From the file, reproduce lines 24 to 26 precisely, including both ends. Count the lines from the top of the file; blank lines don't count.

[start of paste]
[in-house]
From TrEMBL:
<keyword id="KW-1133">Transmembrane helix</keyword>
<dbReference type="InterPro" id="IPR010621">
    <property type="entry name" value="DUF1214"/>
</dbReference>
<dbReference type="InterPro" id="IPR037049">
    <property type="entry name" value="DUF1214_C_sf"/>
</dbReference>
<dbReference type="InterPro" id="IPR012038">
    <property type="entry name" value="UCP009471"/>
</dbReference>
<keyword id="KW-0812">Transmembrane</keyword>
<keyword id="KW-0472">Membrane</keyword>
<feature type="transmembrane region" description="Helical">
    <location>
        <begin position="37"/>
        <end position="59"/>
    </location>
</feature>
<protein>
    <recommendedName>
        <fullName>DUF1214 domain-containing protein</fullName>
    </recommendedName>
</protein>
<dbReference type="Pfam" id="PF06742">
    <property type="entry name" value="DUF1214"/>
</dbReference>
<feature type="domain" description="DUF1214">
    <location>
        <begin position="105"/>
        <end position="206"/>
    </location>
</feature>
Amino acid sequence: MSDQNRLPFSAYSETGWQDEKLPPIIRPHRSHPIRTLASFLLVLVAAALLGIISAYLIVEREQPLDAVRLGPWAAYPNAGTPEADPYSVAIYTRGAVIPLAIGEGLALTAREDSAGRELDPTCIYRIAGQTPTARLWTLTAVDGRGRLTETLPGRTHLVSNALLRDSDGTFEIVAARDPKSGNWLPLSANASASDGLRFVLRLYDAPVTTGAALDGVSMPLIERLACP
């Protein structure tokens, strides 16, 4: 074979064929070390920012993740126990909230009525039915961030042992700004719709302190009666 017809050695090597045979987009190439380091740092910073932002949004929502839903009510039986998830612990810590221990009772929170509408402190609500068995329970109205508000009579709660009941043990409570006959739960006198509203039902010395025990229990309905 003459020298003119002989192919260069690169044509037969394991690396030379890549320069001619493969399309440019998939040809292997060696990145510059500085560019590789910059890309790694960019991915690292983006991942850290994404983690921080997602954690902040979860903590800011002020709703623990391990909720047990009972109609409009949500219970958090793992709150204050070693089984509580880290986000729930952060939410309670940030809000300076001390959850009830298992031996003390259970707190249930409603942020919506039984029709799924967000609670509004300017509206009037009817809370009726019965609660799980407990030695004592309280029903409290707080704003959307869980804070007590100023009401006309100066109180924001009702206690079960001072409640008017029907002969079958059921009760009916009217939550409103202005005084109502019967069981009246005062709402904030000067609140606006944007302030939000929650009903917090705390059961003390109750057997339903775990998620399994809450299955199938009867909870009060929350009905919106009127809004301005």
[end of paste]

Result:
    </recommendedName>
</protein>
<dbReference type="Pfam" id="PF06742">